LISBON (Reuters) - Portugal’s Prime Minister Pedro Passos Coelho announced fresh austerity measures for workers on Friday, saying the country could not risk slippage in meeting its targets under a 78 billion euro bailout from the European Union and IMF.
Passos Coelho said the 2013 budget would include an increase in social security contributions to 18 percent from 11 percent for all workers, roughly equivalent to one month’s salary.
“The financial emergency that the country submerged into in 2011 is still not over,” Passos Coelho said in a televised announcement to outline the measures. “We have started to attack the problems we confront but we have not yet dominated them.”
The move is yet another blow to the Portuguese, who have been confronted with across-the-board tax hikes and spending cuts since the country was forced to seek a bailout last year and entered its deepest recession since the 1970s.
The prime minister also announced a cut in the social security contribution of companies, to 18 percent from 23.75 percent, in a bid to boost employment which stands at a record high above 15 percent.
The measures were announced during a visit to Lisbon by inspectors from the European Commission, European Central Bank and International Monetary Fund to carry out the fifth review of Portugal’s performance under the bailout. Passos Coelho said the review was close to completion.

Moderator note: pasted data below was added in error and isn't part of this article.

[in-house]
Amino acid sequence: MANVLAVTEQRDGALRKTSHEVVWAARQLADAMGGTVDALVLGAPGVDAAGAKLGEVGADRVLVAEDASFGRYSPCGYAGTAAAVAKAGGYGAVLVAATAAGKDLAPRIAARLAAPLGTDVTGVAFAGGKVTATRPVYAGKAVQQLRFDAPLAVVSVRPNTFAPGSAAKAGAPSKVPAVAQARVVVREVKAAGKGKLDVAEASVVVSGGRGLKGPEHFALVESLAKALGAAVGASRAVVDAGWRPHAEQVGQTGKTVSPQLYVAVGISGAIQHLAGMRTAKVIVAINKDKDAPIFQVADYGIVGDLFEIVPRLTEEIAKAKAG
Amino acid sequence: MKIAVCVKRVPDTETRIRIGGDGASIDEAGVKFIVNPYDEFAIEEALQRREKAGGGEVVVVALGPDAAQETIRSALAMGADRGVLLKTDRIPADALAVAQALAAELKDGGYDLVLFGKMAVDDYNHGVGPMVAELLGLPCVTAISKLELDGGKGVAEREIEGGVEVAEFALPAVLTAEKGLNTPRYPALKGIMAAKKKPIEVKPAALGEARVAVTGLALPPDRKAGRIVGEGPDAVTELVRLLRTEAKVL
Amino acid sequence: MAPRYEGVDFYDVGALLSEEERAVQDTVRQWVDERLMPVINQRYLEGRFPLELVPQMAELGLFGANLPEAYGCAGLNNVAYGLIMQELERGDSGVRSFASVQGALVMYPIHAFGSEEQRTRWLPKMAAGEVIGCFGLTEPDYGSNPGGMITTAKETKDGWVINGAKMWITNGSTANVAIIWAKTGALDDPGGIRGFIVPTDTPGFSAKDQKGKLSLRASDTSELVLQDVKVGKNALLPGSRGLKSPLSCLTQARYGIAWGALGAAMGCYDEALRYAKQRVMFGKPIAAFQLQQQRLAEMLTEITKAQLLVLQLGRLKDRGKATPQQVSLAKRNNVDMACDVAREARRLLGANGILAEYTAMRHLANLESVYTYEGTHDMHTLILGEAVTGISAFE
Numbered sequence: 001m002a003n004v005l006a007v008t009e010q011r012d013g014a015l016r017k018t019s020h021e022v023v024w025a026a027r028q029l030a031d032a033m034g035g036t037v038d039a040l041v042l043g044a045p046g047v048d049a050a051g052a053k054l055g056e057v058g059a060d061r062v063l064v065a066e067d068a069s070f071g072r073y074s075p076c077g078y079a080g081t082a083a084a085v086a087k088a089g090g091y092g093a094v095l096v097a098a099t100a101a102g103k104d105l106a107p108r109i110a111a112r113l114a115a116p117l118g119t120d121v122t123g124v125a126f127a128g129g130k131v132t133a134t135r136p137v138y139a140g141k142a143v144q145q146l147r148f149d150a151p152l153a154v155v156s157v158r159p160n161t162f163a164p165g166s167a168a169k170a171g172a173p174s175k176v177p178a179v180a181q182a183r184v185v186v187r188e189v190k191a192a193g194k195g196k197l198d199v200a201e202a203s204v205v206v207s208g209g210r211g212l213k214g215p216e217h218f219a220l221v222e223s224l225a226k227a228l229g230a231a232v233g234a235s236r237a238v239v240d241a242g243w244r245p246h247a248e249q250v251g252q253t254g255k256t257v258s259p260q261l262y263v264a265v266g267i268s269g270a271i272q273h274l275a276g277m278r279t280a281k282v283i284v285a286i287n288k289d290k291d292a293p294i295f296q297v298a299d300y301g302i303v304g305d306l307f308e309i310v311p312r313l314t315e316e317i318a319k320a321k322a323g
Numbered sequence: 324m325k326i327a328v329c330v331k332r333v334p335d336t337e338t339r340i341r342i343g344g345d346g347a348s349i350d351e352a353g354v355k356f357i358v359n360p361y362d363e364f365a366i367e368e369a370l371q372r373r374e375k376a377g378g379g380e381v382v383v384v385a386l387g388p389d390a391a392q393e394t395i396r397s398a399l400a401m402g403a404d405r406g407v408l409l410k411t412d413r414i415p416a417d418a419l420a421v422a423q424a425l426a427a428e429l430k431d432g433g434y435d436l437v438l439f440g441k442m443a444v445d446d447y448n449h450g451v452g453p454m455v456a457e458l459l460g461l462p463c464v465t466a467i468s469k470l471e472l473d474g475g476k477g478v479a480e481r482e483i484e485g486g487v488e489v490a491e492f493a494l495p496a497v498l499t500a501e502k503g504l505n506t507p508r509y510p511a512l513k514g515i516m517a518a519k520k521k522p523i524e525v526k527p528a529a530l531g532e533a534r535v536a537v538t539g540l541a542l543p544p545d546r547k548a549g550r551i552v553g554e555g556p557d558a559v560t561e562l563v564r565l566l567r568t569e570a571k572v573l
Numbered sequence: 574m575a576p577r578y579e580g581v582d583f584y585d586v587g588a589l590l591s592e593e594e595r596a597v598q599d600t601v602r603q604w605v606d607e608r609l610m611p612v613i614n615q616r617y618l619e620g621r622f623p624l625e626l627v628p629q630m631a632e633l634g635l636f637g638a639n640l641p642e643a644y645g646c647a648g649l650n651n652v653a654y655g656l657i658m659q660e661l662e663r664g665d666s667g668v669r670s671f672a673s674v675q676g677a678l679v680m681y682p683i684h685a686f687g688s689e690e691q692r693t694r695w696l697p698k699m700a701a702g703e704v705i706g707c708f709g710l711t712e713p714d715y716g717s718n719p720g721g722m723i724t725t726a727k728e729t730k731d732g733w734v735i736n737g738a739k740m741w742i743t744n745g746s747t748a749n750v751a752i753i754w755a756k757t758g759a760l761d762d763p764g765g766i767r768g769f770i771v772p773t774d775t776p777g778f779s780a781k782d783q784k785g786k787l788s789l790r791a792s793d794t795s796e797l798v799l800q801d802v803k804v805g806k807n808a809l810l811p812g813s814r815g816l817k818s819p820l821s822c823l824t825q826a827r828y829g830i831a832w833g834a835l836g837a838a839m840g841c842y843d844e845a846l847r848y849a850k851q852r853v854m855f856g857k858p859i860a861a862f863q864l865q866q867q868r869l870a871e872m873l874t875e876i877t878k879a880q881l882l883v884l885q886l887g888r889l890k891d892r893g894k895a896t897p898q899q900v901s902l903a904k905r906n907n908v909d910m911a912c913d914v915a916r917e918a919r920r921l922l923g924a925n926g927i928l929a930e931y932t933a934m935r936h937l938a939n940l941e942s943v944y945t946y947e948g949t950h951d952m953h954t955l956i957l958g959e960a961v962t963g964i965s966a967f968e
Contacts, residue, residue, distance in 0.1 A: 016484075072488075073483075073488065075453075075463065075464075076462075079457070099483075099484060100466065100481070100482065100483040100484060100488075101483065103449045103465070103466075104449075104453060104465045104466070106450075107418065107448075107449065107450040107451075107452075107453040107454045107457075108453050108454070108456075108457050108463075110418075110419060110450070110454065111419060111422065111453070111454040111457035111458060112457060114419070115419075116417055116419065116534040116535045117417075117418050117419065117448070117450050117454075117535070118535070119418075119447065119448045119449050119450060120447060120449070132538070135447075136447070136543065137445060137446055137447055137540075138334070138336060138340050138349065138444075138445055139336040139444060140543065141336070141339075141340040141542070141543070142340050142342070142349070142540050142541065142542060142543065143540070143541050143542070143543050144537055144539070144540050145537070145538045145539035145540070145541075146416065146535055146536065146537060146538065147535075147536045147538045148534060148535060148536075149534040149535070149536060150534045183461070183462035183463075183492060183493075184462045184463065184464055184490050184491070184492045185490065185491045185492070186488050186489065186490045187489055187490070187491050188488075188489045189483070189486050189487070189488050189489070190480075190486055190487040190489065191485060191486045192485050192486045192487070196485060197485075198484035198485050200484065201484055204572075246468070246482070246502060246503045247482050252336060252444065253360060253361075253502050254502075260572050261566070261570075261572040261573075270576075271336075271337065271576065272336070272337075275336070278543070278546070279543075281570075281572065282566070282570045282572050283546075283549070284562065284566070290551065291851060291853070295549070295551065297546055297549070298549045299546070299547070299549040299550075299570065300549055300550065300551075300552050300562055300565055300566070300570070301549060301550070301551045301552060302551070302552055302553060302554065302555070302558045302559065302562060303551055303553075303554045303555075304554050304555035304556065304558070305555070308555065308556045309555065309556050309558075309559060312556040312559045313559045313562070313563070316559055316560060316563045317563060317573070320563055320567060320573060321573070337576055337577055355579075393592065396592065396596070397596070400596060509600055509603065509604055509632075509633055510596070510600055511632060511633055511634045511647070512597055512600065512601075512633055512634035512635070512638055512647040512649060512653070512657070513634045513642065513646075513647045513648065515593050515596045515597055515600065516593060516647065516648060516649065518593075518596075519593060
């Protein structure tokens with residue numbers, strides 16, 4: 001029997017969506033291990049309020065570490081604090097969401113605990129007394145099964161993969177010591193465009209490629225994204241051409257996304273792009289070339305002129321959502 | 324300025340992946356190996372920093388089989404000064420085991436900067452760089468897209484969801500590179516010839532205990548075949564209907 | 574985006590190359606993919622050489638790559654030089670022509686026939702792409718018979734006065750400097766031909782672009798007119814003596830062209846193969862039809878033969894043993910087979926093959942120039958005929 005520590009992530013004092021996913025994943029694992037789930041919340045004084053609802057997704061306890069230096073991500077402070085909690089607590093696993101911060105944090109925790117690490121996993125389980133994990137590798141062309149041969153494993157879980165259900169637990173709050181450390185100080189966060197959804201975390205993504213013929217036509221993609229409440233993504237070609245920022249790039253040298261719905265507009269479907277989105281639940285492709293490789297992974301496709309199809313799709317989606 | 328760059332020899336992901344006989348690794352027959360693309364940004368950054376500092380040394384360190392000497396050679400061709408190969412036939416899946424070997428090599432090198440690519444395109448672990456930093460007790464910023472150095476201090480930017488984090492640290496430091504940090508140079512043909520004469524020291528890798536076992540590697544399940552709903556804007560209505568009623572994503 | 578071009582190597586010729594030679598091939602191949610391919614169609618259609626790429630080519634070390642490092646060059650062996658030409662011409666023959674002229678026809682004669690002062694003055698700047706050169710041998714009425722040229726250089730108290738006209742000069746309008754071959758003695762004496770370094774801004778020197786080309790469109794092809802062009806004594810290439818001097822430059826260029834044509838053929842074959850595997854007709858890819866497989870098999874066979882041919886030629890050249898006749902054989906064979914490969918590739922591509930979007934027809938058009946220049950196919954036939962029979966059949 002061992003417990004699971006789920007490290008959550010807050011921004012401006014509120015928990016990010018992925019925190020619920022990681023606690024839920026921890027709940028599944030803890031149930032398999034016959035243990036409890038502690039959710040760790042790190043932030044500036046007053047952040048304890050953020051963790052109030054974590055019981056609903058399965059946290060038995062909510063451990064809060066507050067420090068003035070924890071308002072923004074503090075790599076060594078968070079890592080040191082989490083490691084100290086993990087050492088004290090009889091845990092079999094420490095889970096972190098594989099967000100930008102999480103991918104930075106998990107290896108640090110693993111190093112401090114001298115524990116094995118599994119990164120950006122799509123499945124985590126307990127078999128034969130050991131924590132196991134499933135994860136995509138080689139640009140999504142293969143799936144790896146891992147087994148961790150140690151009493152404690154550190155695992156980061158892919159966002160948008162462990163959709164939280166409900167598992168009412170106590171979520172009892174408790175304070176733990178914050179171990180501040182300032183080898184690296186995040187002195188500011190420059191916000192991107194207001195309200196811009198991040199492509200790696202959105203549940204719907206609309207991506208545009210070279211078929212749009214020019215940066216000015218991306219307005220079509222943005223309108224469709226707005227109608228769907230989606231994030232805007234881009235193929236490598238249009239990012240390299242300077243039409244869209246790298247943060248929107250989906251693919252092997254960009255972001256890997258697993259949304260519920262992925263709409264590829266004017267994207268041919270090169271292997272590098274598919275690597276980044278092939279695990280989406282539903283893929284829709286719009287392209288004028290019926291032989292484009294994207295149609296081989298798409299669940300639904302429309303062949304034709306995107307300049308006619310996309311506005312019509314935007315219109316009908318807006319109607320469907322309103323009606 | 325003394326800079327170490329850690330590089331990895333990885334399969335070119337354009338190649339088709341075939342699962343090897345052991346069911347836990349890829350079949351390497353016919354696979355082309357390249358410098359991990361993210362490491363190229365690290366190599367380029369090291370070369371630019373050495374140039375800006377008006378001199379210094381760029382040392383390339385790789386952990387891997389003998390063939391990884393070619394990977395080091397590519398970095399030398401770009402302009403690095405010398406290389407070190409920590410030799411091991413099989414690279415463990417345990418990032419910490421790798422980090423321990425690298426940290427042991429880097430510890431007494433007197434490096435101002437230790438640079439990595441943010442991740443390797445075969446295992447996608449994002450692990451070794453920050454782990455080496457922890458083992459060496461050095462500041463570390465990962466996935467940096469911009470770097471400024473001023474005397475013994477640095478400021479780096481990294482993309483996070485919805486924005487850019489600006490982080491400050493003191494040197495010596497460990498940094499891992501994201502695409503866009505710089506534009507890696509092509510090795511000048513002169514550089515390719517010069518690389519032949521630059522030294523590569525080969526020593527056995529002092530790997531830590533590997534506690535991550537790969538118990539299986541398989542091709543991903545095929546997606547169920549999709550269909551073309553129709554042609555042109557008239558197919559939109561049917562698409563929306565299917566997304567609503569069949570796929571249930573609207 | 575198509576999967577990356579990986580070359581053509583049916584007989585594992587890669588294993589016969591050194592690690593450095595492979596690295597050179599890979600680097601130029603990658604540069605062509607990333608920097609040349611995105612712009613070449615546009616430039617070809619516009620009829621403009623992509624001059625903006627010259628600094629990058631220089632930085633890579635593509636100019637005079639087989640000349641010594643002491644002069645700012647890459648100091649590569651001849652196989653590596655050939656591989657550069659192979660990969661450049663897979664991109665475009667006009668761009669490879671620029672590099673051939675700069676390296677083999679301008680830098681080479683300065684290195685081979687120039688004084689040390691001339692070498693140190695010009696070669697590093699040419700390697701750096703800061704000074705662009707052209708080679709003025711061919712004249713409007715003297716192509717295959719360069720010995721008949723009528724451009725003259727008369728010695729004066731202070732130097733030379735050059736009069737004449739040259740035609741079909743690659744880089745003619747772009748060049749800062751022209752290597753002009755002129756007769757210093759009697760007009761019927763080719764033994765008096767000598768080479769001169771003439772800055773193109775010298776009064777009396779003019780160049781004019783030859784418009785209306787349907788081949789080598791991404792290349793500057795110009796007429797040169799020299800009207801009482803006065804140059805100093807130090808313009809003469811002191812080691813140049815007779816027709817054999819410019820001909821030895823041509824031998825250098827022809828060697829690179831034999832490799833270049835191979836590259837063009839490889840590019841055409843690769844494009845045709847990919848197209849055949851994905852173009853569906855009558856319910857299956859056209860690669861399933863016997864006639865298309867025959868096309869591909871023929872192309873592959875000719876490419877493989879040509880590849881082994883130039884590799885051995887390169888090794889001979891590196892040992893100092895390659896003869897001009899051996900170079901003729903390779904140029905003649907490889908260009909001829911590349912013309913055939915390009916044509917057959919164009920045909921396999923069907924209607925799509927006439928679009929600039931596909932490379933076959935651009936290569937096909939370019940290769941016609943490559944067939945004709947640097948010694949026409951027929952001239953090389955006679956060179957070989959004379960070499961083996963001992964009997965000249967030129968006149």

Economists have said Portugal is likely to miss its budget deficit goals this year and next because the government and lenders underestimated the depth of the recession which has resulted in lower tax revenues.
“Do not be taken in by the complacency of those who think we have all the time in the world, or by those who defend that we had done enough to overcome the crisis and that now it is up to others to do the rest,” Passos Coelho said.
Meeting next year’s budget goals was made more difficult by a court ruling in July that prohibited a cut in salary benefits for public sector workers. Passos Coelho said the rise in social security contributions was intended to make up for the budget shortfall resulting from that decision.
Opposition politicians and businesses have urged the government not to adopt more austerity measures, fearing they could send the economy further into a downward spiral.
Economists and investors had speculated before the “troika” inspectors arrived that, given its good compliance record, Portugal might be granted some leeway on its fiscal goals.
The government has hoped Portugal would emulate fellow-bailout recipient Ireland, rather than Greece, in returning to growth after reforming its economy.
So far Lisbon has won strong praise in Europe for its single-minded focus on reforming the economy, however economic growth remains elusive. But Portuguese bonds have benefited strongly from the European Central Bank’s (ECB) bond-buying plan, reducing the country’s risk premium.
Passos Coelho said the ECB’s plan was likely to help Portugal’s eventual return to bond markets, as it hopes to do in a year under the current bailout.
The economy is expected to contract more than 3 percent this year.
Under the bailout, Portugal needs to cut its budget deficit to 4.5 percent of GDP this year and to 3 percent in 2013.
Additional reporting by Andrei Khalip and Sergio Goncalves; Editing by Pravin Char